Piet Joubert

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Petrus Jacobus Joubert
Pjjoubert.jpg
Commandant General P.J. Joubert
Member of the Triumvirate
In office
8 August 1881 – 9 May 1883
Serving with M.W. Pretorius and Paul Kruger
Preceded by The Viscount Wolseley
As Governor of the Transvaal
Succeeded by Paul Kruger
As President of the South African Republic
Member of the Volksraad
Constituency Wakkerstroom
Personal details
Born Petrus Jacobus Joubert
20 January 1834
Farm Cango, Oudtshoorn, British Cape Colony
Died 28 March 1900
Pretoria, South African Republic
Occupation Soldier, Politician
Religion Dutch Reformed Church
Military service
Allegiance  South African Republic
Rank Commandant-General
Battles/wars Battle of Laing's Nek
Battle of Schuinshoogte
Battle of Majuba Hill
Malaboch War
Siege of Ladysmith

Petrus Jacobus Joubert (20 January 1834 – 28 March 1900), better known as Piet Joubert was Commandant-General of the South African Republic from 1880 to 1900.

Early life[edit]

Joubert was born in the district of Prince Albert, British Cape Colony, a descendant of a French Huguenot who fled to South Africa soon after the revocation of the Edict of Nantes by Louis XIV. Left an orphan at an early age, Joubert migrated to the Transvaal, where he settled in the Wakkerstroom district near Laing's Nek and the north-east angle of the Colony of Natal. There he not only farmed with great success, but turned his attention to the study of the law.[1]

Political career[edit]

The esteem in which his shrewdness in both farming and legal affairs was held led to his election to the Volksraad as member for Wakkerstroom early in the sixties, Marthinus Pretorius being then in his second term of office as president. In 1870 Joubert was again elected, and the use to which he put his slender stock of legal knowledge secured him the appointment of attorney-general of the republic, while in 1875 he acted as president during the absence of T. F. Burgers in Europe.[1]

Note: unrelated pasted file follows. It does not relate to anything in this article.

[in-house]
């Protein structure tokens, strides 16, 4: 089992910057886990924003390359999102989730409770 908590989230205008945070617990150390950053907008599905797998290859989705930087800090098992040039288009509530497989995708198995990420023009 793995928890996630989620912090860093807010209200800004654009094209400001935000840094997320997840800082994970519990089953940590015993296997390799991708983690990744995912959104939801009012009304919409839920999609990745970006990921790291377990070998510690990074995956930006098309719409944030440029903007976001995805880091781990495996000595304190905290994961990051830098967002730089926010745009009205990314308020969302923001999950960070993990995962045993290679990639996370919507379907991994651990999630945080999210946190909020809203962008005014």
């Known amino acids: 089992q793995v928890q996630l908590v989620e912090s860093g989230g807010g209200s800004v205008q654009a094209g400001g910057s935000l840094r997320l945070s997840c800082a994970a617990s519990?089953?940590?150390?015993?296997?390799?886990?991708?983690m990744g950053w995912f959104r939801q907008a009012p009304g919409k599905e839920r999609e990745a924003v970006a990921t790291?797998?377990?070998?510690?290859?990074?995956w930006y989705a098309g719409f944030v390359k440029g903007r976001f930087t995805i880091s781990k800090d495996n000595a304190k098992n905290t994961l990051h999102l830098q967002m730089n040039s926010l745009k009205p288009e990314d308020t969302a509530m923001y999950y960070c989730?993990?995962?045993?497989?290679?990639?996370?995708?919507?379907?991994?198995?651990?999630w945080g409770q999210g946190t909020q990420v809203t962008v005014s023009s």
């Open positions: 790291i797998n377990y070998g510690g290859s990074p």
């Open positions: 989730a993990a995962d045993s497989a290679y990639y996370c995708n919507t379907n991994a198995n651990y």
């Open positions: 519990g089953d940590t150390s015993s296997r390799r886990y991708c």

First Boer War[edit]

During the first British annexation of the Transvaal, Joubert earned for himself the reputation of a consistent irreconcilable by refusing to hold office under the government, as Paul Kruger and other prominent Boers were doing. Instead of accepting the lucrative post offered him, he took a leading part in creating and directing the agitation which led to the First Boer War (1880–1881), eventually becoming, as commandant-general of the Boer forces, a member of the triumvirate that administered the provisional Boer government set up in December 1880 at Heidelberg.[1]

He was in command of the Boer forces at Laings Nek, Ingogo, and Majuba Hill, subsequently conducting the earlier peace negotiations that led to the conclusion of the Pretoria Convention.[1]

Later political career[edit]

In 1883 he was a candidate in the Transvaal presidential election, but received only 1,171 votes as against 3,431 cast for Kruger. After losing to Kruger again in the 1888 elections, he ran against Kruger for a third time in the 1893 elections, standing as the representative of the comparatively progressive section of the Boers, who wished in some measure to redress the grievances of the Uitlander population which had grown up on the Rand. The poll (though there is good reason for believing that the voting lists had been manipulated by Kruger's agents) was declared to have resulted in 7911 votes being cast for Kruger and 7246 for Joubert. After a protest Joubert acquiesced to Kruger's continued presidency.[1]